• For these players dementia can start as early as in the twenties
  • In movie Concussion with Will Smith
  • Is abnormal tau is in the brain stem (
    • Impact triangulates through and axis that involves the brain stem
  • The tau location in Alzheimer’s disease starts in the hippocampus
  • Soccer players who “head” the ball have more abnormal brain neural connections than players who do not “head” the ball
  • Protection from head injuries
    • The NCAA was established by President Teddy because in 1904, 100 players died from the traumatic effects
  • Recommendations for persons who suffer head traumas
    • Healthy diet
      • omega threes
    • Aerobic exercises
    • Cognitive brain games / rehabilitation
    • These can increase the size of the hippocampus

Multi infarct Dementia

  • Are white matter hyperintensitiesspots
    • These are abnormal white matter usually from chronic vascular matter
    • These correlate with grey matter atrophy
    • These originally present as silent strokes
      • Control blood pressure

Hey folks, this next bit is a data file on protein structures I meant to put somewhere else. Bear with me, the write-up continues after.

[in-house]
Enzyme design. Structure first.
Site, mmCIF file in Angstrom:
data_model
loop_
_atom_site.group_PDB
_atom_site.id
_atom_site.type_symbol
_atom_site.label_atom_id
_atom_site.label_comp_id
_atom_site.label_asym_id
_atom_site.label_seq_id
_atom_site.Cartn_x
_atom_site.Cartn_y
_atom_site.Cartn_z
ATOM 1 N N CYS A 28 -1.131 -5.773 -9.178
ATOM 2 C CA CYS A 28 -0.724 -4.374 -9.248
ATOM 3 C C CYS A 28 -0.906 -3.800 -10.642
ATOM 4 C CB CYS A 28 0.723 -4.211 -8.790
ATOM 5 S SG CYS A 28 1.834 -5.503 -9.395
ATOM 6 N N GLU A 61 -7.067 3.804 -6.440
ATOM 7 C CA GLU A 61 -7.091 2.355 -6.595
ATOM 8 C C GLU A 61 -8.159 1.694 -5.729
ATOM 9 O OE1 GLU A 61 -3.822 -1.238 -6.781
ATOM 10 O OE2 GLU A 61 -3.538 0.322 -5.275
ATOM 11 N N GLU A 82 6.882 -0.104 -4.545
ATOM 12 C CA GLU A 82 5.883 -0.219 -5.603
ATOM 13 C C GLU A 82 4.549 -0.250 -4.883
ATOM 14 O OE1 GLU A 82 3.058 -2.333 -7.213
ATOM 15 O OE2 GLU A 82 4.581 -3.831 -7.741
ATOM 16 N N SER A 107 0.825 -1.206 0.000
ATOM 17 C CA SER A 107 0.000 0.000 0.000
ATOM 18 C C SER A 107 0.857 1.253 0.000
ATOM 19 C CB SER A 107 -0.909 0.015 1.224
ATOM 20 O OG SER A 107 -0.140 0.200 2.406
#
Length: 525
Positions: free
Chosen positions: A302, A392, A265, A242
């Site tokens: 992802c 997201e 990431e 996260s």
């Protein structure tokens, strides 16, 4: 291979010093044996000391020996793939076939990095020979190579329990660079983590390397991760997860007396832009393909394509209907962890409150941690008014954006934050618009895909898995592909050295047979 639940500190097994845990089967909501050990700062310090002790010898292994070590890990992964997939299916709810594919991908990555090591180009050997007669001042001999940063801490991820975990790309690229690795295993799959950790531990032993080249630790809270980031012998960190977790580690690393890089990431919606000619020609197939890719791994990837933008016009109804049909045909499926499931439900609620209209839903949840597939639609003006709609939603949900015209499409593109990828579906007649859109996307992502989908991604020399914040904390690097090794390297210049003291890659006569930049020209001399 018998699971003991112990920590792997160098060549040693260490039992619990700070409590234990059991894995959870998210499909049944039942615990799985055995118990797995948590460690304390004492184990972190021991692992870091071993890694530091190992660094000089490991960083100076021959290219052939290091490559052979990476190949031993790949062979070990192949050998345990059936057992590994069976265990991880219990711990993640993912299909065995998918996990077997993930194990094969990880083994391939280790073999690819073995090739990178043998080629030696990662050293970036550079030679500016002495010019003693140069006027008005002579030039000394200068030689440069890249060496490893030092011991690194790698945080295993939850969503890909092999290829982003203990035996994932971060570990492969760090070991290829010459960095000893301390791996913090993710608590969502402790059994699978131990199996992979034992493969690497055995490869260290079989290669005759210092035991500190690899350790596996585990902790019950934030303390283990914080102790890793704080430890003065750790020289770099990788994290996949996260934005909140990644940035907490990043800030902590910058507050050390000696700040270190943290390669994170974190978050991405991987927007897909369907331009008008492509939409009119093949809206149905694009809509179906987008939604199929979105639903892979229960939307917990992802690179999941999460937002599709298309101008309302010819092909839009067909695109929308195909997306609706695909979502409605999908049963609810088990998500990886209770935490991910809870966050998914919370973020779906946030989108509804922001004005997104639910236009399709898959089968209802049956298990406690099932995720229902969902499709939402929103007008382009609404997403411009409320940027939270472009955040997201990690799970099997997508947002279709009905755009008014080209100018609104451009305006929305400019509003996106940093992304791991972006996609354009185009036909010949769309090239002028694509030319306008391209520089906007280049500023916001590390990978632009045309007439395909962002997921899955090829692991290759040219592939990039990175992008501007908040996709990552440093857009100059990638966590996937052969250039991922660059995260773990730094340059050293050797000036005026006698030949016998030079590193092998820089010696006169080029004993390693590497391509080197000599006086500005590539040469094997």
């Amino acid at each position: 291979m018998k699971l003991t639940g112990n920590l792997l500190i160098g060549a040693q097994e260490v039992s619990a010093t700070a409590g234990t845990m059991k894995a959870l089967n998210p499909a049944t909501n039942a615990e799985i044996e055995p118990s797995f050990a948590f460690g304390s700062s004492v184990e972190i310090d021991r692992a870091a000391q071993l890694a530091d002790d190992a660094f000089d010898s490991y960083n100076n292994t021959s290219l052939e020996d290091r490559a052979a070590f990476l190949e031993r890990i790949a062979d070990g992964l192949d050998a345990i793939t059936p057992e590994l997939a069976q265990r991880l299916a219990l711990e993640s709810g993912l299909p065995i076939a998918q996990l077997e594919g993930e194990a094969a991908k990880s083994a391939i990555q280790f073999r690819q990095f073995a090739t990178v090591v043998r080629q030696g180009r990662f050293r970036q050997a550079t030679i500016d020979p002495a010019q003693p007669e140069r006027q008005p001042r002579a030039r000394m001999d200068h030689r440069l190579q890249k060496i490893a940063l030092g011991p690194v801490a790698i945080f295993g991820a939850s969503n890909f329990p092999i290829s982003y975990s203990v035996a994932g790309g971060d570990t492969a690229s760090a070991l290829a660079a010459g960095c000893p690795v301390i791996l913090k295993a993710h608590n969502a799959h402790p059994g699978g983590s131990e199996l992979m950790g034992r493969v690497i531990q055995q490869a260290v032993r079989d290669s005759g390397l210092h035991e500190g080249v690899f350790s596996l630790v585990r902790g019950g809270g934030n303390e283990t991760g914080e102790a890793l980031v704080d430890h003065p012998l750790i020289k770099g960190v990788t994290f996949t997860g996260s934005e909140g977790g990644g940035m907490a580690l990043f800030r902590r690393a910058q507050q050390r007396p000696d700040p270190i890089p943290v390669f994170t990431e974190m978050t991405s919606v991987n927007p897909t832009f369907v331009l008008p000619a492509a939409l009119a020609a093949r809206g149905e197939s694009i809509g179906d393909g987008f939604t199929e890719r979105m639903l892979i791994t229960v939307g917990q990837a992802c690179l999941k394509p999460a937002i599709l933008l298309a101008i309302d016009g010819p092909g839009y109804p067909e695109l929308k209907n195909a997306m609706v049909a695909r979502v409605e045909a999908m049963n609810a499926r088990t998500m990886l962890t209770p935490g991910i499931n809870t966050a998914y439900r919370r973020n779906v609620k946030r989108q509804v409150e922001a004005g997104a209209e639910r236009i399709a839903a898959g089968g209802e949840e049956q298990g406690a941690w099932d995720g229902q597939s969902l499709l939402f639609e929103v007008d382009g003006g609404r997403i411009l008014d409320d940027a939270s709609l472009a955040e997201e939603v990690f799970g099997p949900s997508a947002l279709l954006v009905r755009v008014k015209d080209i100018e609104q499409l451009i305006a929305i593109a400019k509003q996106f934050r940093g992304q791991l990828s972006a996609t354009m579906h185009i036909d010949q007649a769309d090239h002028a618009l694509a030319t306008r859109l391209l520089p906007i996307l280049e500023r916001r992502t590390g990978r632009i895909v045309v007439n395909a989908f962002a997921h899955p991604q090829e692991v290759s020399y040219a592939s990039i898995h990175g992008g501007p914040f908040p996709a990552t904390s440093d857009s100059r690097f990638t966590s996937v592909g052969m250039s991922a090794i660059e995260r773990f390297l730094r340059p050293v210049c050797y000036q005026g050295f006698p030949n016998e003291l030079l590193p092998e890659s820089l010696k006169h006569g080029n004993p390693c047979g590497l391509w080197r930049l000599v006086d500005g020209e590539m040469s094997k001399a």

• Chronic necrosis of arteries going to white matter
      • Control sugars
      • Control cholesterol
        • Low cholesterol associated with increase risk of depression
      • E had 9 heart attacks inspite of a low fat diet
      • Cholesterol


  • Incorporates into cell membranes including neuronal cell membranes
  • Low cholesterol correlates with depression


 Magnetic Resonant imaging (MRI)

  • Usually does not have contrast
  • Can assess structure,
  • Volume
  • Connectomes (synapses connections

PET scans

  • Can image amyloid and tau
    • This is not approved by insurance
    • This is only beneficial if the scan is negative
    • Amyloid takes twenty years to cause symptoms so amyloid does not mean that people had Alzheimer’s disease
  • Glucose utilization (with FDG)
    • Nerves that don’t use glucose
  • Blood flow through out the brain
    • SPECT, PET scans


Weight Control

  • Keep body mass under 30
    • BMI > 30, greater rate of brain atrophy
    • BMI 25-29.9 have mild grey matter decline



  • Eat fish: baked or broiled salmon
    • Mercury is found in sword fish and mackerel (?)